Wales's performance against New Zealand last week enabled their long-suffering fans to once again puff their chests with pride, but probably came a week too early for the players.
Superb handling, sharp, incisive running, and driving loose forward play earned the Welshmen four tries and respect, and put a spring in the step of the whole squad.
Rugby World Cup 2003 QFs
Wallabies waltz past gritty Scots
Kiwis prove too strong for Springboks
England's wily defensive coach Phil Larder has seen just about everything in his long career in both rugby codes, but even he admitted that the Welsh performance had taken him by surprise. "Wales made 10 linebreaks against a New Zealand defence which is very solid and I don't remember any team doing that in the last few years," he said.
England's defence has been the best in the tournament so far with just two tries conceded, but coach Clive Woodward still is not happy. "It might be the best defence here on paper, but we left in a soft try against Uruguay," he complained. "Defence will be our number one objective on Sunday."
Though England did allow prop Pablo Lemoine to slip through in the 111-13 victory last week, a more relevant pointer was their dogged defence during a ten-minute Uruguayan pounding of their line earlier in the match.
It was a reminder of the brick wall they had thrown up against New Zealand and Australia during their notable away victories in June and of the pride each player feels when ensuring their line is not breached.
Wales coach Steve Hansen has kept faith with impressive young number eight Jonathan Thomas and is going with the lively back three of Shane Williams, Mark Jones, and Gareth Thomas, but England's old hands will be ready and waiting for them. That is if they ever get the ball.
"We are going to go against a pack that is probably the biggest in world rugby," said Hansen. "We have to get some parity at set pieces and around the park if we want to compete."
Other bigger and stronger packs have tried and failed to do that during England's rise to the peak of the world game and it is hard to see captain Martin Johnson and his vastly experienced teammates allowing Wales to succeed.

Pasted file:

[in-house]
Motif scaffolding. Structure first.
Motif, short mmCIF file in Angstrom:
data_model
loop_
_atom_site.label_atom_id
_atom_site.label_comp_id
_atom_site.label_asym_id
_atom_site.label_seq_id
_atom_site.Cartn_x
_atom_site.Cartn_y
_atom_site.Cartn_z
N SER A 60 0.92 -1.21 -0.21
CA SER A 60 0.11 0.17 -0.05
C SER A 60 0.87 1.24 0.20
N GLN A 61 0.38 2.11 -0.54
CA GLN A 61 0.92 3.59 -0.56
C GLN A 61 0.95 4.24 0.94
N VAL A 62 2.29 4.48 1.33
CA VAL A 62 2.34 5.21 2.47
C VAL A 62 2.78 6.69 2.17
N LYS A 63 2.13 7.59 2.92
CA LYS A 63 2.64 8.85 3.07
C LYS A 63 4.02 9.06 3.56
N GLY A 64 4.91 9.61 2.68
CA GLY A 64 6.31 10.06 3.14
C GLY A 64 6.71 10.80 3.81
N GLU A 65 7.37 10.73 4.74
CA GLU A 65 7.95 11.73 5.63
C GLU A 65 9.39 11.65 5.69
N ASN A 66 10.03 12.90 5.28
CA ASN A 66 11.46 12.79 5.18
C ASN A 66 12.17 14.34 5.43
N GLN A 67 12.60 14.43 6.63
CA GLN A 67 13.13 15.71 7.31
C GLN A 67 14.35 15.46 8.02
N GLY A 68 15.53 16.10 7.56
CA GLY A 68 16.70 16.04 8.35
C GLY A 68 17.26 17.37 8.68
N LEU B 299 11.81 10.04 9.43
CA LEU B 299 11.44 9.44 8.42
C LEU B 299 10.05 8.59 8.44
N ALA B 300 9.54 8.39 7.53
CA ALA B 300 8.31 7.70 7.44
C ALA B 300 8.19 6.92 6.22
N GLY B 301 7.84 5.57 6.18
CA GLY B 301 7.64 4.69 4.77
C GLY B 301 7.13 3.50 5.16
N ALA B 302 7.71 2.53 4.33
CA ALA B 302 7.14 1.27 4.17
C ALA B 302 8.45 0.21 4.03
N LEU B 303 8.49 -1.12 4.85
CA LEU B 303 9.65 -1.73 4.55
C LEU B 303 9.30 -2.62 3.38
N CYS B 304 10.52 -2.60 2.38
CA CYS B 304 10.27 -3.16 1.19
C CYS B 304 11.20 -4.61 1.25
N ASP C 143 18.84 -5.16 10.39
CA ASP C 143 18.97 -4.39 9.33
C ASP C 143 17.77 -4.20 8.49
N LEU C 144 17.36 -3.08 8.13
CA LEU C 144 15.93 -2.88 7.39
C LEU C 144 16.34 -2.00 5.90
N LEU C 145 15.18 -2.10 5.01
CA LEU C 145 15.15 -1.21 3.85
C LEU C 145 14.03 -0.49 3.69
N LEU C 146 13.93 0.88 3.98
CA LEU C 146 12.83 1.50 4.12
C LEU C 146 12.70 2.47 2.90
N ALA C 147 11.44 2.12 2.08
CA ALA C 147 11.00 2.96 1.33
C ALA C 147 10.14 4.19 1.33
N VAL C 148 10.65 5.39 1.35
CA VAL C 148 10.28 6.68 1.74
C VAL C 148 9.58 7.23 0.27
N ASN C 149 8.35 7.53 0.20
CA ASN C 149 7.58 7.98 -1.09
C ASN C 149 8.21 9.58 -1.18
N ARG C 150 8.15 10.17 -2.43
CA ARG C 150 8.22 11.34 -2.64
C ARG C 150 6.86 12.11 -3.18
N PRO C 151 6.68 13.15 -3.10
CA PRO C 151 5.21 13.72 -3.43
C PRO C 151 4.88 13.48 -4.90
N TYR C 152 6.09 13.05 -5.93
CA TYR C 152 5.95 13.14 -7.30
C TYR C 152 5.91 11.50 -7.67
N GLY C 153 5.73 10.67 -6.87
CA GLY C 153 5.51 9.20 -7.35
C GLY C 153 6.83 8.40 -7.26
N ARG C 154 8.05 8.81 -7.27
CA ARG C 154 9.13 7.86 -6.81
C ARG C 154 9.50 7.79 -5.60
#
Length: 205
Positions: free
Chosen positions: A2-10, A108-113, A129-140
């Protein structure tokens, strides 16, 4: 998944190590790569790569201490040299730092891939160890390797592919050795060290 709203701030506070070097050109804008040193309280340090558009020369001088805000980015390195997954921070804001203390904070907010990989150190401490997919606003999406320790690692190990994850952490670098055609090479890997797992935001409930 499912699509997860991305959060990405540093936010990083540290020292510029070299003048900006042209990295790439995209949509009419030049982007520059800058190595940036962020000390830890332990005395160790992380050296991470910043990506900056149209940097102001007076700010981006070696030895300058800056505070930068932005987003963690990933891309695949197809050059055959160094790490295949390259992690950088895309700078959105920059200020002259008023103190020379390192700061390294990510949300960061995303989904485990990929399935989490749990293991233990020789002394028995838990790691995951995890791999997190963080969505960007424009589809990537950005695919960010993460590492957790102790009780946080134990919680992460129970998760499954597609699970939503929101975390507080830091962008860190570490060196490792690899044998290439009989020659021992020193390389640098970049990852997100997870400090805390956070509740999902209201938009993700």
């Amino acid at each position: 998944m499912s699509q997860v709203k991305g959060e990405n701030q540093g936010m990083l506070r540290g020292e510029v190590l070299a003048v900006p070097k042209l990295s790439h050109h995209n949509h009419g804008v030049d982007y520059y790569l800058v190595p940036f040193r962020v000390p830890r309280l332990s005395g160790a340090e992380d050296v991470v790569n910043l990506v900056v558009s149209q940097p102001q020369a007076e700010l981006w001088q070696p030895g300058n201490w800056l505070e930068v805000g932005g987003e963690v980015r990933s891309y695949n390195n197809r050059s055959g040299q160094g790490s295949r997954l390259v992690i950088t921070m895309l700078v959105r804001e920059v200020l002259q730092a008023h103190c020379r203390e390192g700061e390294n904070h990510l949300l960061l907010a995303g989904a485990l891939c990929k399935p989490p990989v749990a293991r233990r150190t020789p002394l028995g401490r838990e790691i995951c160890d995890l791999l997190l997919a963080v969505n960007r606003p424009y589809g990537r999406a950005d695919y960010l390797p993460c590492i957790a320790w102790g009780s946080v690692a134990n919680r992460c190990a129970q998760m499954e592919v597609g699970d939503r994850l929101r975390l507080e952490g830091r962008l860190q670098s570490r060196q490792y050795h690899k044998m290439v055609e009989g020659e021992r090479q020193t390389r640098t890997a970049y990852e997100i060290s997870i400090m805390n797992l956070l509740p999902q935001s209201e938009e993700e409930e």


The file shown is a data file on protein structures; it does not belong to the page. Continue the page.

It might take a while, as it did during the teams' Six Nations clash in Cardiff earlier in the year, but England should be able to absorb the Welsh fire and eventually set their own runners free to chalk up a sixth successive victory over their rivals.
Ben Cohen, fullback Jason Robinson and Dan Luger may not have the sheer pace of their All Black counterparts, but they have a strength and directness that makes them a formidable back three.
England are proven in midfield, have an experienced scrumhalf in Matt Dawson, and, even if Wales can keep it tight, there is Jonny Wilkinson. The flyhalf has been slightly offbeam so far and will be desperate to slot every available shot at goal.
England prop Jason Leonard will equal Frenchman Philippe Sella's world record of 111 caps in the 111th meeting between the two old rivals and if England get the basics right he should be around next weekend to get his 112th.
England, however, have been hit by some injuries.
Fullback Josh Lewsey, who scored an England-record-equalling five tries in the 111-13 victory over Uruguay, has been ruled out after straining his right hamstring during training on Saturday.
He has been replaced in the starting XV by Dan Luger, who will play on the wing, with Jason Robinson switching to fullback. Centre Stuart Abbot moves on to the reserves' bench.
Earlier, Iain Balshaw withdrew from the bench with a knee injury. Luger, who was not named in the original 22, was called up first as a bench replacement for Balshaw. Now, he makes the starting lineup.
England -- 15 Jason Robinson, 14 Dan Luger, 13 Will Greenwood, 12 Mike Tindall, 11 Ben Cohen, 10 Jonny Wilkinson, 9 Matt Dawson, 8 Lawrence Dallaglio, 7 Neil Back, 6 Lewis Moody, 5 Ben Kay, 4 Martin Johnson (c), 3 Phil Vickery, 2 Steve Thompson, 1 Jason Leonard.
Replacements: 16 Dorian West, 17 Trevor Woodman, 18 Simon Shaw, 19 Joe Worsley, 20 Kyran Bracken, 21 Mike Catt, 22 Stuart Abbot.
Wales -- 15 Gareth Thomas, 14 Mark Jones, 13 Mark Taylor, 12 Iestyn Harris, 11 Shane Williams, 10 Stephen Jones, 9 Gareth Cooper, 8 Jonathan Thomas, 7 Colin Charvis (captain), 6 Dafydd Jones, 5 Robert Sidoli, 4 Brent Cockbain, 3 Adam Jones, 2 Robin McBryde, 1 Iestyn Thomas.
Replacements: 16 Mefin Davies, 17 Gethin Jenkins, 18 Gareth Llewellyn, 19 Martyn Williams, 20 Dwayne Peel, 21 Ceri Sweeney, 22 Kevin Morgan.
Referee: Alain Rolland (Ireland)